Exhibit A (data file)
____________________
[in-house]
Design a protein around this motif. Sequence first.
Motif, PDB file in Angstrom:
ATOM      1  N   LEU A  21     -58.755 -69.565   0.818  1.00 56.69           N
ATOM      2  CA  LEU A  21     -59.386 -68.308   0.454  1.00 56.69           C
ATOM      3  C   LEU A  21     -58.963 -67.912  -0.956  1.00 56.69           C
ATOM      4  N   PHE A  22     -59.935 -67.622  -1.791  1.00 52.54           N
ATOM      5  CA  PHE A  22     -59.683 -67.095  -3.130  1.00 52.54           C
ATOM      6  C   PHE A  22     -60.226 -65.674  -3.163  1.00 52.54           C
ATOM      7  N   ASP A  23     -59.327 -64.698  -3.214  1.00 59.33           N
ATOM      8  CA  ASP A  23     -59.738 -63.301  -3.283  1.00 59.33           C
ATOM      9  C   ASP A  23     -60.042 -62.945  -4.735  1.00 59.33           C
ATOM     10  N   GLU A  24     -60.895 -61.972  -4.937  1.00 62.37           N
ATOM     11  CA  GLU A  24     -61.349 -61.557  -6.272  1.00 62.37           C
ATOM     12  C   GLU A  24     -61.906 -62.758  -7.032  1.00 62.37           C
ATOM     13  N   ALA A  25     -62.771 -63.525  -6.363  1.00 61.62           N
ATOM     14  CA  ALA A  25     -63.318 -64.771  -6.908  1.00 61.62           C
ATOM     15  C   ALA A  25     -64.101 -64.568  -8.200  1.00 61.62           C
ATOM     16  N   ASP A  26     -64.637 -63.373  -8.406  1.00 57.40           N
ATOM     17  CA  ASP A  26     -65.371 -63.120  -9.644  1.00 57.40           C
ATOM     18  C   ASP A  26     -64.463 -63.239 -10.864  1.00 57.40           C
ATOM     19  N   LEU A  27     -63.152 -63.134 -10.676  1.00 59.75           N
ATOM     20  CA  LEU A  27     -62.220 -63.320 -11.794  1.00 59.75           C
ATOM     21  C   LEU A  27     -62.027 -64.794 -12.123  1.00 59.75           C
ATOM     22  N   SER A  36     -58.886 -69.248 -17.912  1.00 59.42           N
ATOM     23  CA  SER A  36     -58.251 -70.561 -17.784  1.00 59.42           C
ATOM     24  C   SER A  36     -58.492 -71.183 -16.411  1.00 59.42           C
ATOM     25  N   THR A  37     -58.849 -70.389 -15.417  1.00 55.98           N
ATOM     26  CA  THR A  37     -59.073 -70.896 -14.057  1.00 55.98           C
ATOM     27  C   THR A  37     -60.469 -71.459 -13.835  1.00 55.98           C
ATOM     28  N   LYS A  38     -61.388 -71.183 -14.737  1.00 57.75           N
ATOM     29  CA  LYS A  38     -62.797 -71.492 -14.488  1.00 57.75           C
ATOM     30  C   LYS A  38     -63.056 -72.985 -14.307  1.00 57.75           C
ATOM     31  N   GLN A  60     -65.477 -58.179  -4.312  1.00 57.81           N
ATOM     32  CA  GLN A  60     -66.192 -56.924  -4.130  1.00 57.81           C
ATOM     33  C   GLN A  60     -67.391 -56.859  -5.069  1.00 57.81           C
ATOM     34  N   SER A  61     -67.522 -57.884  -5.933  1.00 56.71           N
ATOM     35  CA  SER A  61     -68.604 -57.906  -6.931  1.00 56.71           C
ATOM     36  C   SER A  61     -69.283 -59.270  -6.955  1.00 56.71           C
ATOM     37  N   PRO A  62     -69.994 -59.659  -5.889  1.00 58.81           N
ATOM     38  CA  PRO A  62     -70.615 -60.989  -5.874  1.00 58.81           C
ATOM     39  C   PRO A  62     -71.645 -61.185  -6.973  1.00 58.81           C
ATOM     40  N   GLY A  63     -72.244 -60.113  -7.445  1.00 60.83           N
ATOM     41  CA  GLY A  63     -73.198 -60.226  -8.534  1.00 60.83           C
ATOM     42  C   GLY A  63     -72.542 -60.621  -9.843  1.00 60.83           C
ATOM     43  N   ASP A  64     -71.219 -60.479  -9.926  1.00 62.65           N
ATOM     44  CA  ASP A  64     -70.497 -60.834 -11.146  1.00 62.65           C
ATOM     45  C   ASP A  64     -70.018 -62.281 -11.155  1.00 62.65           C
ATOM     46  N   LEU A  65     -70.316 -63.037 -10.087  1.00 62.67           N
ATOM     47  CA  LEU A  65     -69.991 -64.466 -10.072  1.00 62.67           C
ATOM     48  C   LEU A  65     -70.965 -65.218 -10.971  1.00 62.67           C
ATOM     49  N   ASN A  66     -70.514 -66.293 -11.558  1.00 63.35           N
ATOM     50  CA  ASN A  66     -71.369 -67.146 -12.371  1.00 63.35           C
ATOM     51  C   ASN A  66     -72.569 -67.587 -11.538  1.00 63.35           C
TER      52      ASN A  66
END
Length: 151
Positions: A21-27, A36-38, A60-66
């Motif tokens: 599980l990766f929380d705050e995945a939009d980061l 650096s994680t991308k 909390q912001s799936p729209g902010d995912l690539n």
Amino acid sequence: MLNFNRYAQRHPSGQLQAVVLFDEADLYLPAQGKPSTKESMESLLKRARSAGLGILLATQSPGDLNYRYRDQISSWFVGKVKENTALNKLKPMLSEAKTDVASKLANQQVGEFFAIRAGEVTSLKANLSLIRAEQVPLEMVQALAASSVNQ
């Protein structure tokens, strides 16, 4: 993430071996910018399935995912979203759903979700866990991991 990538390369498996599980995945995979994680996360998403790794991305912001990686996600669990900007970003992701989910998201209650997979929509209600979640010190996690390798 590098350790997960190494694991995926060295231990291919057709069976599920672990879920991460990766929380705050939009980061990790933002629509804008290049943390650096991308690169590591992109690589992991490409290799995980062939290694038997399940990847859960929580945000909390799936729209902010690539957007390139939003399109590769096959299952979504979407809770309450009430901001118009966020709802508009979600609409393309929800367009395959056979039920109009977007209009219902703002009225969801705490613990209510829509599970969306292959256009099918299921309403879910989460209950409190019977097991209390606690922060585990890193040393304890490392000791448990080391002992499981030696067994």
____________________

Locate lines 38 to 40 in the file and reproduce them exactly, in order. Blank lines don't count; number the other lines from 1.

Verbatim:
ATOM     35  CA  SER A  61     -68.604 -57.906  -6.931  1.00 56.71           C
ATOM     36  C   SER A  61     -69.283 -59.270  -6.955  1.00 56.71           C
ATOM     37  N   PRO A  62     -69.994 -59.659  -5.889  1.00 58.81           N